Reflective visits

The weather was kind. Organising outdoor events during late summer is not for the feint of heart and in the end all four visits to the 1918 allotment were a great success. For those of you who were not able to come by here is a flavour of how they went.


I met visitors at the Elder Stubbs Charity Allotment gates. Elder Stubbs is a particularly beautiful allotment site that has been going for over a century. The invitation was for visitors to remember to get their hands into the earth when they got to the 1918 Allotment as the soil holds the memory of all of the people who have cultivated there over the years. Walking through the site I pointed out what I think is one of the special features of allotment sites. Even though there are many people on them growing as it were together on the site – every plot is individual and can give clues to the type of person if you are able to ‘read’ different growing styles and landscapes. Some of my favourite examples from the site include the Spanish way of growing beans which end up with densely covered teepee- shaped poles behind which lies an immaculate shed. The shed has an elegantly curved window. Typical English sheds are more functional and can have a recycled aesthetic with some known for their casual leans to one side or another. Further into the site is a glorious visual pun. A plot holder has planted her vegetables into ornate bed frames playing with the meaning of ‘vegetable bed’. And there are those who show their off-site connections  and roots by raising national or regional flags such as one from Cornwall which flutters over the site.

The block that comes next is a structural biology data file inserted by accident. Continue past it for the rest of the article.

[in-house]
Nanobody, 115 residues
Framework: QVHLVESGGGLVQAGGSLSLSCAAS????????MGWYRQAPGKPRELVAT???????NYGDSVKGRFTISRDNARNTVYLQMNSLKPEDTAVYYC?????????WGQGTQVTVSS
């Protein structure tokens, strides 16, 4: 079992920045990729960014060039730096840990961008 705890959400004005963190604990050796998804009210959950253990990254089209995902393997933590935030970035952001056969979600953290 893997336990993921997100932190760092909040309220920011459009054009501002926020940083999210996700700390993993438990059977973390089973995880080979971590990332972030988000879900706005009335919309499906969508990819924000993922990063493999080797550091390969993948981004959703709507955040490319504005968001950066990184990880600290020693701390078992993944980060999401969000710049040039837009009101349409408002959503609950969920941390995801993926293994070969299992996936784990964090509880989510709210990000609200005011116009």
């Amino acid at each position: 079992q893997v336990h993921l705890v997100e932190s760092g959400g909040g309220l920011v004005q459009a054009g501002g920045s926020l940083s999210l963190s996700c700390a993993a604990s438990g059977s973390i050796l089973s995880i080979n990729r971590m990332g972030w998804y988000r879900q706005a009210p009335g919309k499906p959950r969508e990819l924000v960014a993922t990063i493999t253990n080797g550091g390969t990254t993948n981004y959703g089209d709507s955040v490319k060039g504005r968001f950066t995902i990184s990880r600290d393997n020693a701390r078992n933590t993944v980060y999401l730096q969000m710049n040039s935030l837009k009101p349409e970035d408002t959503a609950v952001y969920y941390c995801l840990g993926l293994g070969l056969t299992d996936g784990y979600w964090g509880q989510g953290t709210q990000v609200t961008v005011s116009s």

After taking in various plots, I encouraged visitors to participate in a little shirin-yoku or Japanese forest bathing. Elder Stubbs is unusual for having a little forest on it (and sculpture park) and we walked in silence through the forest taking in the sounds of birds, crunched twigs and the occasional falling walnut or cherry. From the forest we emerged into the 1918 Allotment. As well as travelling back in time by engaging with the ‘clean as a whistle’ aesthetic of the plot, I offered the visitors jam which I had made from the strawberry patch on the plot. Accompanying it was other food and drink including World War One inspired navy rum. The 1918 Allotment explores themes of the 1918/1919 (or forgotten) pandemic, the current pandemic and also World War One. Soldiers at the front were served rum three times a day. It is sobering to remember that they were being prepared to get into a state to be able to kill people they had never met. On the 1918 Allotment the rum remembered them but also marked a conviviality. Some visitors had it neat, others with tea and others still with coffee or cocoa. There was home-made elderflower cordial for those who preferred a non-alcoholic drink.


The food was followed by poetry readings given by myself and my guest poets – Laura Theis and Dr Yewande Okuleye. As well as the themes already mentioned the poems also explored meanings of home, gardens and East and West African soldiers, experiences of the Great War. The sessions closed with my answering questions about my research and there was a chance for visitors to simply take in the atmosphere of the plot and take home a party bag with produce from it. We had visitors from Oxford, London, Cirencester and other parts of the country, some of whom had come to specifically remember loved ones they had lost  who had a connection to growing. As one visitor said, they ‘enjoyed encountering history in a living context’. Thanks to the Humanities Cultural Programme at TORCH, FIG, Arts Council England and the School of Anthropology and Museum Ethnography there is still more to come. In the coming spring there will be a discussion event exhibition as we launch the publication of poetry that has been written alongside my 1918 research. Watch this space.

Plants growing up a rope netting